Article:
Beverly Noa - Alfred Shaheen's former muse and model

Beverly Noa – Alfred Shaheen’s former muse and model

The exhibit runs through Feb. 4, 2013. For more information, call 808-847-3511 or visit

The Substance and Style of Andy South

There was a private blessing and intimate ceremony commemorating the opening of Andy South’s Atelier and business headquarters on September 15, 2012. The invitation was extended to industry professionals to view the workspace at 12 S. King St.

The courtyard on the groud floor includes a mini fountain, sitting nooks and trees – all in the middle of China town in Honolulu.  The atelier upstairs is breathtaking – with the exposed red brick, prestine wood floors, subtle Asian accents and vintage sewing machines, it’s San Francisco meets New York in a big way. How fitting that this special day also served as an impromptu birthday celebration for Andy South.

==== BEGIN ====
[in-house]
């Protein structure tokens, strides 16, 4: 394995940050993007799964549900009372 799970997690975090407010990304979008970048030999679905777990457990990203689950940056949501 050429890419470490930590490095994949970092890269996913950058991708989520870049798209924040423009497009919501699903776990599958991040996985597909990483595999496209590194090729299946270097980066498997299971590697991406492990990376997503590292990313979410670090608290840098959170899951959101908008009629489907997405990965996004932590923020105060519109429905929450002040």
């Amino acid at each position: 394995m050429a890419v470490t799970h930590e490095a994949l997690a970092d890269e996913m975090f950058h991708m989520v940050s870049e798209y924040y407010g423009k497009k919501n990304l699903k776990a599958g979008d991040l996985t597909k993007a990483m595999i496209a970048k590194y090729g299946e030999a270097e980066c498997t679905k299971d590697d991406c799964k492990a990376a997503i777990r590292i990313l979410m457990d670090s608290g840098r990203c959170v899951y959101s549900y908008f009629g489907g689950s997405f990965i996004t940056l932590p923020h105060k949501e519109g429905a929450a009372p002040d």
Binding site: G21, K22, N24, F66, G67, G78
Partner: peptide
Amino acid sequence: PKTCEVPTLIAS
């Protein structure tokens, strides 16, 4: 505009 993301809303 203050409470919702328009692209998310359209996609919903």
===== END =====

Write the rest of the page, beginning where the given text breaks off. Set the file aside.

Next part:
Andy’s heart lead her back to Hawaii when she could have easily chosen to work anywhere in the world after Project Runway fame and after South by Andy South collections were sold at Neiman Marcus.  But Andy chooses to build upon her roots in Hawaii.  She mentors her interns, stays true to her asthetic, designs and manufactors her clothing in Hawaii and provides jobs for people in Hawaii.  Keep an eye on Andy’s progress as the Atelier continues to produce fantastic Made in Hawaii quality fashions.

Visits to the Andy South Atelier are by appointment only. Call (808) 744-1167 or visit To shop online go to